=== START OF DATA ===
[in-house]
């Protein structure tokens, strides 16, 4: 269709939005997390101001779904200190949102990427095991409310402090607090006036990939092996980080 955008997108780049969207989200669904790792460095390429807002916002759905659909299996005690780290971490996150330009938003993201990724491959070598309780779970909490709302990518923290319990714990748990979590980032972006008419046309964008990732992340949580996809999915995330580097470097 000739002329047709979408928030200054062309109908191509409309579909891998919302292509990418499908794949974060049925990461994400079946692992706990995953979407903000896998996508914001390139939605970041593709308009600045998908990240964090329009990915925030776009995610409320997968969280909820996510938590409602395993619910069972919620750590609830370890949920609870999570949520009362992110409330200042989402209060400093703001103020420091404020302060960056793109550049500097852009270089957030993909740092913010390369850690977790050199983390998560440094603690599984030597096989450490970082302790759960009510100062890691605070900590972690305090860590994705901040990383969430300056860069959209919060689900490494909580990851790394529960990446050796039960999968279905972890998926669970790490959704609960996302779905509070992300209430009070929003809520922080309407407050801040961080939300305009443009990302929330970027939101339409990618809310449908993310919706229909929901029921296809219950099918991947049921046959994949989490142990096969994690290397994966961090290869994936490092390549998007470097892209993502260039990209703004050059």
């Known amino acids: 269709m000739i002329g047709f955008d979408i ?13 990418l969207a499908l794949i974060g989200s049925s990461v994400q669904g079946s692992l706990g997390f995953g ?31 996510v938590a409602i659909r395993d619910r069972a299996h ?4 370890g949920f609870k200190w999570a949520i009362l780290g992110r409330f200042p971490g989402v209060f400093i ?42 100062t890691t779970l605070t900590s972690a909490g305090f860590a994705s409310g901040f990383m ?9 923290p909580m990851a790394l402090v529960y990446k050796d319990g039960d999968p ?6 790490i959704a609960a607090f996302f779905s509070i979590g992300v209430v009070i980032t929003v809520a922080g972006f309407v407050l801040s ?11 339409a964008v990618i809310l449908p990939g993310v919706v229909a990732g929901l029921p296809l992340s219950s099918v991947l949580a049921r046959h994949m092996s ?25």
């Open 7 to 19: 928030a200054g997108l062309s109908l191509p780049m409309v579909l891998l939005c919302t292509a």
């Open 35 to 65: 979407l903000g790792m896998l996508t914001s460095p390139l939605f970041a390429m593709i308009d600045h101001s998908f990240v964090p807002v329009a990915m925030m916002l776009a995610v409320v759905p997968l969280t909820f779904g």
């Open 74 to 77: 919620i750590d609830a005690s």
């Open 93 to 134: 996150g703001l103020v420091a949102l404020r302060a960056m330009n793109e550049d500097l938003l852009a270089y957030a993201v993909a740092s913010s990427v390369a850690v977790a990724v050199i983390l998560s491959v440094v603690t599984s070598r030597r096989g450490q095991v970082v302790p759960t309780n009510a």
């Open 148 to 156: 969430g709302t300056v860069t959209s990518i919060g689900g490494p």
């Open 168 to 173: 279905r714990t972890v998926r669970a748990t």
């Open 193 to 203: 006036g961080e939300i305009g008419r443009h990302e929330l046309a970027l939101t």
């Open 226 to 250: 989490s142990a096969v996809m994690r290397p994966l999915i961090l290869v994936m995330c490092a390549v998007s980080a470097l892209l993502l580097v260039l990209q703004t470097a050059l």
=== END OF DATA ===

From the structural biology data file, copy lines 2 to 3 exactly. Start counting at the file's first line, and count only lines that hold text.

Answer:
């Protein structure tokens, strides 16, 4: 269709939005997390101001779904200190949102990427095991409310402090607090006036990939092996980080 955008997108780049969207989200669904790792460095390429807002916002759905659909299996005690780290971490996150330009938003993201990724491959070598309780779970909490709302990518923290319990714990748990979590980032972006008419046309964008990732992340949580996809999915995330580097470097 000739002329047709979408928030200054062309109908191509409309579909891998919302292509990418499908794949974060049925990461994400079946692992706990995953979407903000896998996508914001390139939605970041593709308009600045998908990240964090329009990915925030776009995610409320997968969280909820996510938590409602395993619910069972919620750590609830370890949920609870999570949520009362992110409330200042989402209060400093703001103020420091404020302060960056793109550049500097852009270089957030993909740092913010390369850690977790050199983390998560440094603690599984030597096989450490970082302790759960009510100062890691605070900590972690305090860590994705901040990383969430300056860069959209919060689900490494909580990851790394529960990446050796039960999968279905972890998926669970790490959704609960996302779905509070992300209430009070929003809520922080309407407050801040961080939300305009443009990302929330970027939101339409990618809310449908993310919706229909929901029921296809219950099918991947049921046959994949989490142990096969994690290397994966961090290869994936490092390549998007470097892209993502260039990209703004050059």
């Known amino acids: 269709m000739i002329g047709f955008d979408i ?13 990418l969207a499908l794949i974060g989200s049925s990461v994400q669904g079946s692992l706990g997390f995953g ?31 996510v938590a409602i659909r395993d619910r069972a299996h ?4 370890g949920f609870k200190w999570a949520i009362l780290g992110r409330f200042p971490g989402v209060f400093i ?42 100062t890691t779970l605070t900590s972690a909490g305090f860590a994705s409310g901040f990383m ?9 923290p909580m990851a790394l402090v529960y990446k050796d319990g039960d999968p ?6 790490i959704a609960a607090f996302f779905s509070i979590g992300v209430v009070i980032t929003v809520a922080g972006f309407v407050l801040s ?11 339409a964008v990618i809310l449908p990939g993310v919706v229909a990732g929901l029921p296809l992340s219950s099918v991947l949580a049921r046959h994949m092996s ?25």